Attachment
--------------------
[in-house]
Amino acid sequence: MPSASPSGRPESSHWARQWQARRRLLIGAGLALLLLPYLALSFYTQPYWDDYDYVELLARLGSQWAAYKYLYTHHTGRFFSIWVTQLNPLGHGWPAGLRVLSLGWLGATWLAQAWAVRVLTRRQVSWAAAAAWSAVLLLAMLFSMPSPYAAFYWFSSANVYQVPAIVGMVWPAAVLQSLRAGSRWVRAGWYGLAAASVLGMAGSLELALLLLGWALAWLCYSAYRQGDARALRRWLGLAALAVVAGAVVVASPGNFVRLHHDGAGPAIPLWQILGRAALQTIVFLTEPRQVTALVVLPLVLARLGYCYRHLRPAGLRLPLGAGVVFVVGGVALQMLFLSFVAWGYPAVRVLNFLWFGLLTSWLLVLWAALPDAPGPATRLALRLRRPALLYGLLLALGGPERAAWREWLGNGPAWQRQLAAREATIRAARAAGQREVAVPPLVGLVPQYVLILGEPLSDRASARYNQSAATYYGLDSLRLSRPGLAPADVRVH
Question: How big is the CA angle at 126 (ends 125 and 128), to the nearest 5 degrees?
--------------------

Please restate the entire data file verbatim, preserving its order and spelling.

[in-house]
Amino acid sequence: MPSASPSGRPESSHWARQWQARRRLLIGAGLALLLLPYLALSFYTQPYWDDYDYVELLARLGSQWAAYKYLYTHHTGRFFSIWVTQLNPLGHGWPAGLRVLSLGWLGATWLAQAWAVRVLTRRQVSWAAAAAWSAVLLLAMLFSMPSPYAAFYWFSSANVYQVPAIVGMVWPAAVLQSLRAGSRWVRAGWYGLAAASVLGMAGSLELALLLLGWALAWLCYSAYRQGDARALRRWLGLAALAVVAGAVVVASPGNFVRLHHDGAGPAIPLWQILGRAALQTIVFLTEPRQVTALVVLPLVLARLGYCYRHLRPAGLRLPLGAGVVFVVGGVALQMLFLSFVAWGYPAVRVLNFLWFGLLTSWLLVLWAALPDAPGPATRLALRLRRPALLYGLLLALGGPERAAWREWLGNGPAWQRQLAAREATIRAARAAGQREVAVPPLVGLVPQYVLILGEPLSDRASARYNQSAATYYGLDSLRLSRPGLAPADVRVH
Question: How big is the CA angle at 126 (ends 125 and 128), to the nearest 5 degrees?